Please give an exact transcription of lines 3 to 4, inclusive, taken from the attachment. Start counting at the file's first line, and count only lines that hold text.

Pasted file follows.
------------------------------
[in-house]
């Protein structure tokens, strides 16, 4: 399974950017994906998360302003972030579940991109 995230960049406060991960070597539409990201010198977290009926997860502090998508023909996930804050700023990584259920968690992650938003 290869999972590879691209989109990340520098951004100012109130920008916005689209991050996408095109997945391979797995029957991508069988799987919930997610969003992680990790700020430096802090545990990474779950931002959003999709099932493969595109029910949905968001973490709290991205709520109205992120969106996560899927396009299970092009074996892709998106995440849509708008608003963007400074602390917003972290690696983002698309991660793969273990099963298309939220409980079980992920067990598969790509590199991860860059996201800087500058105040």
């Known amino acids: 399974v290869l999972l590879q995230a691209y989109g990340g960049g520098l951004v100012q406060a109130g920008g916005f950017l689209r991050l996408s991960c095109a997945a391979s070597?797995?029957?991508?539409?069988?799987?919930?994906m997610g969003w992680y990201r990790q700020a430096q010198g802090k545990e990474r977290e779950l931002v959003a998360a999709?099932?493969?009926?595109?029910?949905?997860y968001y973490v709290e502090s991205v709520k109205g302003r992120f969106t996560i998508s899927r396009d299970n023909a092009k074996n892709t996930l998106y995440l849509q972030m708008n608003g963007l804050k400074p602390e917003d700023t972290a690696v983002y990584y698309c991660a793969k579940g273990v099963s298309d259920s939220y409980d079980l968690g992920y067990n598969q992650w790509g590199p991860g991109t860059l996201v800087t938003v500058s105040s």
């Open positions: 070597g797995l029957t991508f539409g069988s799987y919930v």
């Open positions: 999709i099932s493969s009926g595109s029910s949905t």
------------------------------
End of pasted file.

């Known amino acids: 399974v290869l999972l590879q995230a691209y989109g990340g960049g520098l951004v100012q406060a109130g920008g916005f950017l689209r991050l996408s991960c095109a997945a391979s070597?797995?029957?991508?539409?069988?799987?919930?994906m997610g969003w992680y990201r990790q700020a430096q010198g802090k545990e990474r977290e779950l931002v959003a998360a999709?099932?493969?009926?595109?029910?949905?997860y968001y973490v709290e502090s991205v709520k109205g302003r992120f969106t996560i998508s899927r396009d299970n023909a092009k074996n892709t996930l998106y995440l849509q972030m708008n608003g963007l804050k400074p602390e917003d700023t972290a690696v983002y990584y698309c991660a793969k579940g273990v099963s298309d259920s939220y409980d079980l968690g992920y067990n598969q992650w790509g590199p991860g991109t860059l996201v800087t938003v500058s105040s």
């Open positions: 070597g797995l029957t991508f539409g069988s799987y919930v």